A walk­ing life

Past con­flicts are for­got­ten as the New For­est’s time­less land­scape be­guiles

Country Life Every Week - - Contents - Fiona Reynolds Fol­low her on Twit­ter: @fionacreynolds

Fiona Reynolds is be­guiled by the time­less New For­est

IT’S au­tumn in the New For­est. Am­ber­shaded leaves quiver in the misty at­mos­phere, but there’s no chill on this warm au­tumn day. Ponies graze on the heath­land, lawns and greens and I’m en­tranced by the time­less qual­ity of this an­cient land­scape.

I’m vis­it­ing af­ter too long an ab­sence. I came here on camp­ing trips as a child in the 1960s and as a young cam­paigner in the 1980s; what strikes me most to­day is how lit­tle— once you get off the main roads and away from the ever-ad­vanc­ing sub­urbs—has changed. For years, we ar­gued that the New For­est should be a na­tional park and, since 2005, it has been, pro­vid­ing safe­guards against in­ap­pro­pri­ate change and sup­port for the con­tin­u­ing in­tri­cate man­age­ment by Com­mon­ers, foresters and the lo­cal com­mu­nity that makes the for­est so spe­cial.

‘Misty lay­ers of the for­est ridges dis­ap­pear­ing into the semi-dark­ness, ponies snort­ing as they set­tle for the evening’

My visit is cen­tred on Bur­ley, a place full of sto­ries. Like most vil­lages here, its core is carved out of for­est, with en­clo­sures defin­ing his­toric bound­aries and shaped by past wran­gles. Long tra­di­tions of wood­land man­age­ment, com­mon graz­ing and hunt­ing have, for cen­turies, kept the area largely open, but, pe­ri­od­i­cally, there have been out­bursts of con­flict, of­ten over deer con­trol, forced en­clo­sures, new plan­ta­tions and un­wel­come out­sider in­flu­ence.

For the time be­ing, how­ever, peace reigns. My walk is a ragged eight-mile cir­cle around the vil­lage. I be­gin in the bustling main street, where lo­cal witch­craft le­gends are re­called in quirky shopfronts and ponies graze peace­ably among the af­ter­noon shop­pers. I walk south-west to­wards Church Moor and turn north up Cas­tle Hill lane, which di­vides the vil­lage’s west­ern edge from the open for­est.

Leaves crunch un­der my feet as I tackle the gen­tle slope up to the Iron Age hill fort, Cas­tle Hill, which pre­sides over this land­scape and has tremen­dous views across Cranes Moor to the dis­tant Purbeck Hills. Af­ter pac­ing its ram­parts, I turn east along Ran­dalls Lane and past Bur­ley Street garage be­fore strik­ing out into the open moor north-east of the vil­lage.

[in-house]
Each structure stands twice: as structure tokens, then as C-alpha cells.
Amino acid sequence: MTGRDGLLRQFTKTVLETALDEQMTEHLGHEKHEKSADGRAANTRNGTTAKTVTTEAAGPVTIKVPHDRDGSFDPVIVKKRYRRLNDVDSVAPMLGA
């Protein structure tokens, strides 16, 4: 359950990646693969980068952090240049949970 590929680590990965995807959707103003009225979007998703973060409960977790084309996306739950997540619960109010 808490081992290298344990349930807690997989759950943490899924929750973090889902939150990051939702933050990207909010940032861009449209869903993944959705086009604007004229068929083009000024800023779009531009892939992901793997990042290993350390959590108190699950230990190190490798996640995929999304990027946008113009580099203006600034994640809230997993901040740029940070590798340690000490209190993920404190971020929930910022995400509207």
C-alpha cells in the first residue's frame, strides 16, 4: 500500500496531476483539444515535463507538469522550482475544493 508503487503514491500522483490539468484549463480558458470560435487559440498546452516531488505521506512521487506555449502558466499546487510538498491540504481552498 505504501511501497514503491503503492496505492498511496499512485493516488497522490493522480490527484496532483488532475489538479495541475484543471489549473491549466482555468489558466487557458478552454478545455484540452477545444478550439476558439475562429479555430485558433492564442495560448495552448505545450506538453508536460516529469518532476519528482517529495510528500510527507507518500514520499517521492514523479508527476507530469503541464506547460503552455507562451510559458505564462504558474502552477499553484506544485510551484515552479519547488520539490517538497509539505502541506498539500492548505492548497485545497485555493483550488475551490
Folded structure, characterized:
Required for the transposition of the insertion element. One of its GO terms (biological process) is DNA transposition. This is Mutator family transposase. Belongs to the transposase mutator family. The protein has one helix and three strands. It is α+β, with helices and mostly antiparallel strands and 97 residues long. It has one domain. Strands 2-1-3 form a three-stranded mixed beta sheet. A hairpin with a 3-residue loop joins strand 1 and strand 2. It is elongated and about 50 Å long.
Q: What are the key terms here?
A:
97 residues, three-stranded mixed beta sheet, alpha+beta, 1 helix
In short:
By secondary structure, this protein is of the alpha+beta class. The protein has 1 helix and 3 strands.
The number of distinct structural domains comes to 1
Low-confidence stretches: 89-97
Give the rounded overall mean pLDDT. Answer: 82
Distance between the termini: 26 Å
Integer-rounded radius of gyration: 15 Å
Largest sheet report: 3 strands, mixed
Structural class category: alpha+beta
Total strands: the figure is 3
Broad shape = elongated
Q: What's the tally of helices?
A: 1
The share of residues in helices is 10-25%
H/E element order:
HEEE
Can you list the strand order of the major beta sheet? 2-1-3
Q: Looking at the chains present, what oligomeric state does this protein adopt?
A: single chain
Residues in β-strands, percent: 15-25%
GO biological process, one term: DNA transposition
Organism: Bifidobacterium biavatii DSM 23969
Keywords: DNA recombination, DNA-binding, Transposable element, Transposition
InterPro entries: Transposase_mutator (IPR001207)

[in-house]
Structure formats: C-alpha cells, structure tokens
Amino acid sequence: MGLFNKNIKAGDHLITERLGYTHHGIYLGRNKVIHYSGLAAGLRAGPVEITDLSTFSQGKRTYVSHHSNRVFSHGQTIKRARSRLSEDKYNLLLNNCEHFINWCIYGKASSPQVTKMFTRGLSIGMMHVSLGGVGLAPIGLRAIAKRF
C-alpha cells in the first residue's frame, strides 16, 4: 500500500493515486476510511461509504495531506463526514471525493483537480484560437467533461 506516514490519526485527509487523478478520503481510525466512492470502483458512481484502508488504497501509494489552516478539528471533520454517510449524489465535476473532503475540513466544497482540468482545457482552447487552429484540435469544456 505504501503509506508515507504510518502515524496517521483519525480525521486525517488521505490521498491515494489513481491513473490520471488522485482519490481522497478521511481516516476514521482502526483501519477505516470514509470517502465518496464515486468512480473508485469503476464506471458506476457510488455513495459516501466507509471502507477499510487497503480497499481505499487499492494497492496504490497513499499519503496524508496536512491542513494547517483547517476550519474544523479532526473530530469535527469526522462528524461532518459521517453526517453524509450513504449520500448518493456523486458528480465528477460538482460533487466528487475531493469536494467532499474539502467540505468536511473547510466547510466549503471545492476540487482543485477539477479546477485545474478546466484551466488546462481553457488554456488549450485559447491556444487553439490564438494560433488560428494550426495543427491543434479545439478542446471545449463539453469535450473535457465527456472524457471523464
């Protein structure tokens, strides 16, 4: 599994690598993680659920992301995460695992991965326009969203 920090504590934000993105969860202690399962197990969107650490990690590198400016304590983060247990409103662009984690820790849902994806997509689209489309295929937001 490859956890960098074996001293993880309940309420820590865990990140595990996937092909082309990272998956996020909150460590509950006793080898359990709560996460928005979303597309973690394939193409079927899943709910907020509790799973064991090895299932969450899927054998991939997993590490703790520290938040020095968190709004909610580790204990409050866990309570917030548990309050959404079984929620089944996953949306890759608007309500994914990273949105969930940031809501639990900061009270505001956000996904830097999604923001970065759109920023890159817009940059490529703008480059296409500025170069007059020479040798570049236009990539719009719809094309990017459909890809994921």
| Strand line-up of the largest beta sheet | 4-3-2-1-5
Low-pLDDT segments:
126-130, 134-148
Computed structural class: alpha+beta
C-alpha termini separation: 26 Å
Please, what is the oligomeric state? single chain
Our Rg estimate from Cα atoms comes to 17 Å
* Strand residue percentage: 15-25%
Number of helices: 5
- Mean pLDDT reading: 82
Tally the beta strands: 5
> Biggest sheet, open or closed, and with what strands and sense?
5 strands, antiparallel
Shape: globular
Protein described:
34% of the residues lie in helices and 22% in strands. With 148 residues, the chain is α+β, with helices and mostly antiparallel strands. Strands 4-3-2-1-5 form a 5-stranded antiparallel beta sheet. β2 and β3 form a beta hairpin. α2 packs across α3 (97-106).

This, sud­denly, is free­dom, the un­du­lat­ing heath­land meshed with streams and ponds and groups of ponies nuz­zling each other in the soft af­ter­noon light. Ahead is the largest plan­ta­tion in the for­est, this end of which is South Oak­ley In­clo­sure, one of the con­tro­ver­sial beech-and-oak plan­ta­tions of the 1860s that were im­posed to sup­ply ur­gently needed wood for ships for the Navy. To­day, it’s more mixed, with large stands of pine and conifers along­side the broadleaves, di­vided into com­part­ments by wide rides and the oc­ca­sional an­cient sentinel tree.

As I walk, the af­ter­noon sun­light fil­ters through the trees, cast­ing patch­work pat­terns on the tracks. All too soon I reach the large cen­tral ride, now a cy­cle track busy with fam­i­lies en­joy­ing their af­ter­noon out, and walk back to­wards the vil­lage, catch­ing glimpses of the lush green sward of Bur­ley Lawn be­tween the cot­tages on my left.

I’d planned to end my walk here, but I’m drawn to ex­plore more. As I pass Bur­ley Lawn, I turn into Beech­wood Lane, then through the golf course to re­join the open heath­land via the junc­tion at Cott Bot­tom. And now, al­though evening is draw­ing in, comes the best part. There’s the gen­tle de­scent through Holm­s­ley Bog to the old rail­way line, a peace­ful walk west along its bed to Bur­bush Hill, then a de­light­ful track back over Shap­pen Hill to the heart of the vil­lage.

I’m cap­ti­vated by the gloam­ing: the misty lay­ers of the for­est ridges dis­ap­pear­ing into the semi-dark­ness, ponies snort­ing as they set­tle for the evening and the deep hush as dusk set­tles on this age-old land­scape. I hope I’ll be back soon. Fiona’s book ‘The Fight for Beauty’ is avail­able from Oneworld

Cap­ti­vated by the gloam­ing: Wind and Rain, New For­est Ponies by Lucy Kemp-welch

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